Saturday, May 25, 2024

Part 4, Update and More on Criminal Appeals--NYCOA: The Wilson Uptick

In Part 1 of this series, we looked at the first 4 months of Rowan Wilson's tenure as New York's Chief Judge and saw a 45% increase in total appeals calendared over the corresponding period the previous year. In Part 2, we saw that the number of criminal appeals calendared had actually doubled. In Part 3, we saw that the number of criminal cases calendared continued to increase dramatically through the next 3 months--nearly double the number for the same 7 months the previous year.

        (click to enlarge for a better view) 
Former Chief Judge Lippman with Chief Judge Wilson
at the 2024 Lawrence Cooke Symposium,
Albany Law School, April 25
(Several graphs in those previous posts depicted the comparisons of the early-Wilson era with that of the pre-Wilson months and with the corresponding months of Chief Judge Jonathan Lippman's final year. In short, criminal appeals rose sharply under Wilson, but not nearly at the level when Lippman was Chief Judge. 
The graphs also depicted Wilson's record of granting CLAs [Criminal Leave Applications] as the highest on the Court, both before and after he became Chief Judge. But, again, Wilson's record is still far below that of several members of the Court when Lippman was Chief Judge--including that of Lippman himself.)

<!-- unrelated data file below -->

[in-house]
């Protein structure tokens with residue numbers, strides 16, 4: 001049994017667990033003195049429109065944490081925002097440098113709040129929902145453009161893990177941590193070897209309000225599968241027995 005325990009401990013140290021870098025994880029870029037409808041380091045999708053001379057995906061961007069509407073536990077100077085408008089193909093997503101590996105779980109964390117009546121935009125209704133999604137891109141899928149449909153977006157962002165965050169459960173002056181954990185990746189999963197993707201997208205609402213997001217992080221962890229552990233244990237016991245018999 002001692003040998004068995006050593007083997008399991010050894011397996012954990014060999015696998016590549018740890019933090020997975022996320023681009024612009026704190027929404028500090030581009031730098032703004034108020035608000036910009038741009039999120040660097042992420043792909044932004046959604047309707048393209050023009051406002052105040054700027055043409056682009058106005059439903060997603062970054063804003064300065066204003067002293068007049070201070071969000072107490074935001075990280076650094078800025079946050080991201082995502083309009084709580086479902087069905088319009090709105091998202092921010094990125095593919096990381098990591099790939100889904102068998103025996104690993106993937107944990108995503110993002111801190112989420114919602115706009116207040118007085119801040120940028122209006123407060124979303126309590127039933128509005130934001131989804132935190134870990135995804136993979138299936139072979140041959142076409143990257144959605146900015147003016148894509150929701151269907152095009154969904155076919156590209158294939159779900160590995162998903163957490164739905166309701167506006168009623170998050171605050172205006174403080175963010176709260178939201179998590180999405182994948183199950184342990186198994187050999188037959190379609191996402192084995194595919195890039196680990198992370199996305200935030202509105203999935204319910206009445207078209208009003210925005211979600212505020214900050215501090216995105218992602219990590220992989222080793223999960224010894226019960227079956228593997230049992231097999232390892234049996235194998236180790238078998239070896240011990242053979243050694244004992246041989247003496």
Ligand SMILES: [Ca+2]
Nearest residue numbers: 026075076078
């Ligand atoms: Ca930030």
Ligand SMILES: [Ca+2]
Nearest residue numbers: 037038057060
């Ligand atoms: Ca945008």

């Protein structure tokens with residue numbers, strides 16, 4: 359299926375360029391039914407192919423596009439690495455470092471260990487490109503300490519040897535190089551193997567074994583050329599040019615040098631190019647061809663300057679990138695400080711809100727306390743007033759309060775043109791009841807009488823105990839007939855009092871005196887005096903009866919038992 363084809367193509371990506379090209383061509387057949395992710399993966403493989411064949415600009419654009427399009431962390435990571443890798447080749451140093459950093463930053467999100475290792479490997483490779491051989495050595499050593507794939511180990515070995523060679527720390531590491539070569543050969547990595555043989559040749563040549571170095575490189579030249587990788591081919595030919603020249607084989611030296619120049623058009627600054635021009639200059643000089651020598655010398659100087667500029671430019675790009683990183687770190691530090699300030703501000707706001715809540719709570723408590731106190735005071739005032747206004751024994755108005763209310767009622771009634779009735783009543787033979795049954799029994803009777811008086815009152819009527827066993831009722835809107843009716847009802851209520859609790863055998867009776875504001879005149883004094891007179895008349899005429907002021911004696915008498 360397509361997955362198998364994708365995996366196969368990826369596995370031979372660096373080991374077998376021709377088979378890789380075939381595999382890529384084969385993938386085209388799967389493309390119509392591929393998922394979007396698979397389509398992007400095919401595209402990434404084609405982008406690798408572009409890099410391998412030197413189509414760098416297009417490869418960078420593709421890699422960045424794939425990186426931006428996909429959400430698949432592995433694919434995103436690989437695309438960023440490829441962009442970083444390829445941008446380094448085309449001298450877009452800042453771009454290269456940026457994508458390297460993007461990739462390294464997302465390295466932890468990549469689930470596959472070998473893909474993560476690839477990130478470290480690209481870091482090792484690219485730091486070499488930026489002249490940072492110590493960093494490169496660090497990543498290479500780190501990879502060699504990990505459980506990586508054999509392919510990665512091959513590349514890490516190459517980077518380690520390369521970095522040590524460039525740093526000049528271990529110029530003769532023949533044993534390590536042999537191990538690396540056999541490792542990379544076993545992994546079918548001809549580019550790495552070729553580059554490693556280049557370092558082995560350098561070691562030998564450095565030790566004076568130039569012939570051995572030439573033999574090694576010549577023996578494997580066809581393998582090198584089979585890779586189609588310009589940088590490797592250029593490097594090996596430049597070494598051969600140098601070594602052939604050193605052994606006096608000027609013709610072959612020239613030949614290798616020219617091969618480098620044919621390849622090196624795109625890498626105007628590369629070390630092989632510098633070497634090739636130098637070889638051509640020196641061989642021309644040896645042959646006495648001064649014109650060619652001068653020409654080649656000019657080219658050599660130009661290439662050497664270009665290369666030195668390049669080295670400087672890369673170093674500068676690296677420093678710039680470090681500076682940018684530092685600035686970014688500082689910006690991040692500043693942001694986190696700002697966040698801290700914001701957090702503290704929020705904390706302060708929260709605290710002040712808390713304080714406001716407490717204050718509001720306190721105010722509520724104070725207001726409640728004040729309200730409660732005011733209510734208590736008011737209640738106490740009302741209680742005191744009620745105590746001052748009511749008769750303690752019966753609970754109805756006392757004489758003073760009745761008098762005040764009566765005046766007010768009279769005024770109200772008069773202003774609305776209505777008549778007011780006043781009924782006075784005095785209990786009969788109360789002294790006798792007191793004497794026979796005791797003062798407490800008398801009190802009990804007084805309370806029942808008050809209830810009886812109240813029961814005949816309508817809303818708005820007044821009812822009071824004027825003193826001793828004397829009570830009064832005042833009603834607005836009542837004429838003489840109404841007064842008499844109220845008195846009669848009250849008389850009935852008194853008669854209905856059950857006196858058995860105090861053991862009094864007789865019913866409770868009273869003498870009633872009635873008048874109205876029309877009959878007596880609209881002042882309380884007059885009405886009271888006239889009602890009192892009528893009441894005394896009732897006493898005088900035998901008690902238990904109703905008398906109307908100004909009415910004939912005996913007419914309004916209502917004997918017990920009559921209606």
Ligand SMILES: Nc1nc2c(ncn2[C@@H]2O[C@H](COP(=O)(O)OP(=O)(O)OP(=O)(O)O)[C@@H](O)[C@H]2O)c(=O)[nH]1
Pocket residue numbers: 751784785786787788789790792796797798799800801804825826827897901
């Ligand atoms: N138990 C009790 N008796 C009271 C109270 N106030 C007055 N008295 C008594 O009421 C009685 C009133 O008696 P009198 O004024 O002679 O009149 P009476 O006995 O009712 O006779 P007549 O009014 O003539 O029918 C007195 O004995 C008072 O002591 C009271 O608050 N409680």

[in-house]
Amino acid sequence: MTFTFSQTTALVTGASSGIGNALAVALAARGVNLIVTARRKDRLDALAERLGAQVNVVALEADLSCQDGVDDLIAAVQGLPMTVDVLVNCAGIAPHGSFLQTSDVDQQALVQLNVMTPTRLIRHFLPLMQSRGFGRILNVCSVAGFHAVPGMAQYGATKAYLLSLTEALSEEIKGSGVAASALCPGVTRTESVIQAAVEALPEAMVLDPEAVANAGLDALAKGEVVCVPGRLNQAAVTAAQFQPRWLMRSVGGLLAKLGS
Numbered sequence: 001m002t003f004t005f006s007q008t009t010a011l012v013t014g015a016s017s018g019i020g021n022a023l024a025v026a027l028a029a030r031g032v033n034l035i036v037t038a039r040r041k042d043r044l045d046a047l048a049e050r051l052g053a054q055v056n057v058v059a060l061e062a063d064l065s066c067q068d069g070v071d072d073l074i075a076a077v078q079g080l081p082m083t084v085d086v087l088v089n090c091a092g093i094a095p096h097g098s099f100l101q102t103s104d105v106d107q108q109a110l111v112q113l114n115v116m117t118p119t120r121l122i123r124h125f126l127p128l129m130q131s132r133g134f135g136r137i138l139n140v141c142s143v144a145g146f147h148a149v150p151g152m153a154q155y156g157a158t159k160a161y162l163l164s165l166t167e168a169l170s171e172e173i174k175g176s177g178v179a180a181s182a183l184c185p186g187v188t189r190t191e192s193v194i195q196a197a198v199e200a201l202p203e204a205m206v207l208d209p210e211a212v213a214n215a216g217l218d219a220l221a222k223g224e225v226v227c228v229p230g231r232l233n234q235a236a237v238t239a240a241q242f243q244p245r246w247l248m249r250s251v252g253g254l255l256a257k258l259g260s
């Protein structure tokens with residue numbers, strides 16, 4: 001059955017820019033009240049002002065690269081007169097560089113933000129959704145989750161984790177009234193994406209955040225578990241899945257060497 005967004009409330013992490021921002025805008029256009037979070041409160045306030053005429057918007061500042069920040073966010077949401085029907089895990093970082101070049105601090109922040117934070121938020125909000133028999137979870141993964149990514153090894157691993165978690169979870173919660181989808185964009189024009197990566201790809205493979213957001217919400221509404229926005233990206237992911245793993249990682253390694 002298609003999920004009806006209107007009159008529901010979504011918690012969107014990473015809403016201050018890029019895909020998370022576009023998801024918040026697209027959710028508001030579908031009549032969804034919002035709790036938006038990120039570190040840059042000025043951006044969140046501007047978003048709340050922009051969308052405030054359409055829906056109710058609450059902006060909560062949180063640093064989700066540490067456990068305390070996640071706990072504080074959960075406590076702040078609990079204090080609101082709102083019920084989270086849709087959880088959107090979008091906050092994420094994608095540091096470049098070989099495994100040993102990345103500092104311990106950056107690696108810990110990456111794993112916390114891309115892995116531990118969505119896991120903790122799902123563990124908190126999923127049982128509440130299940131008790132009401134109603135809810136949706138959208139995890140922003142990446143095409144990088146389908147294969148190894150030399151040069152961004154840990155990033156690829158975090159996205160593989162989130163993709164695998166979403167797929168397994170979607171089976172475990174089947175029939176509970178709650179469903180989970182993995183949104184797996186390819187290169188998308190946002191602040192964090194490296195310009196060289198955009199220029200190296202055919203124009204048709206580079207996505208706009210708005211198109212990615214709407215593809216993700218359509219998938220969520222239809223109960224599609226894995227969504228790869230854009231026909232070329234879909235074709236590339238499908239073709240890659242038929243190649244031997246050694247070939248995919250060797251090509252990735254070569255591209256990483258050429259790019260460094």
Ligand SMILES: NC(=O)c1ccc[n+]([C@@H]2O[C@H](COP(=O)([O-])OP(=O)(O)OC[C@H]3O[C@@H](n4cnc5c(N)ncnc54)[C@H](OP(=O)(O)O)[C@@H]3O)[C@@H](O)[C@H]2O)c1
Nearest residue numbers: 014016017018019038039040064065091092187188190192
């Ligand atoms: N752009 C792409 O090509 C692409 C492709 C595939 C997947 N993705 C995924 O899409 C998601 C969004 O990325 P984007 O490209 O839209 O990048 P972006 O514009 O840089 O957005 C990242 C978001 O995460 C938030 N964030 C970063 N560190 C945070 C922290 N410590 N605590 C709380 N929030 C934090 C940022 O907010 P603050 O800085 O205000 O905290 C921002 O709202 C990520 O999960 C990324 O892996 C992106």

Let's now look at the caseload for the first full year of calendars with Wilson as Chief Judge. This would include the cases calendared for the Court's sessions from September 2023 until the Court's coming summer break this year.  And let's compare that to the caseloads of the corresponding previous full year of calendars--all set prior to Wilson becoming Chief Judge--and the corresponding full year of calendars during Lippman's final year before mandatory retirement. Here's what that looks like:

(click to enlarge for a better view)
As shown in the graph, total criminal appeals calendared in the first full Wilson year increased significantly over the previous year--76% increase. Despite this increase, however, the number is still far smaller than during the corresponding fall-to-spring term while Lippman was Chief Judge. To be clear, the point is not the more the better or that there is some ideal number. What is clear, however, is that the Court's criminal caseload did drop rather drastically from what it was in the Lippman era, and that the caseload is now increasing--if not as dramatically, certainly significantly.

As for the total number of cases calendared, civil as well as criminal, the roller coaster is similar. Take a look:
(click to enlarge for a better view)
As depicted in the graph, the total number of appeals calendared at the Court had dropped to less than one half--only 39% --of what it was under Lippman. In the first full fall-to-spring year under Wilson, the caseload has increased 47%. Still, it is a long way from the Lippman caseload, but unmistakenly a considerable rise.

This increase under Wilson is not surprising. He has made clear his belief that New York's highest court should be hearing more cases as part of "returning the court to its former glory. 'I would like to get back to that,' he said." [State Bar News/Annual Meeting 2024.]
He expressed similar sentiments at the Chief Judge Lawrence Cooke Symposium at Albany Law School last month. [The Eminence and Experience--and Exhaustion--of Being New York's Chief Judge, April 25, 2024. (See photo above.)]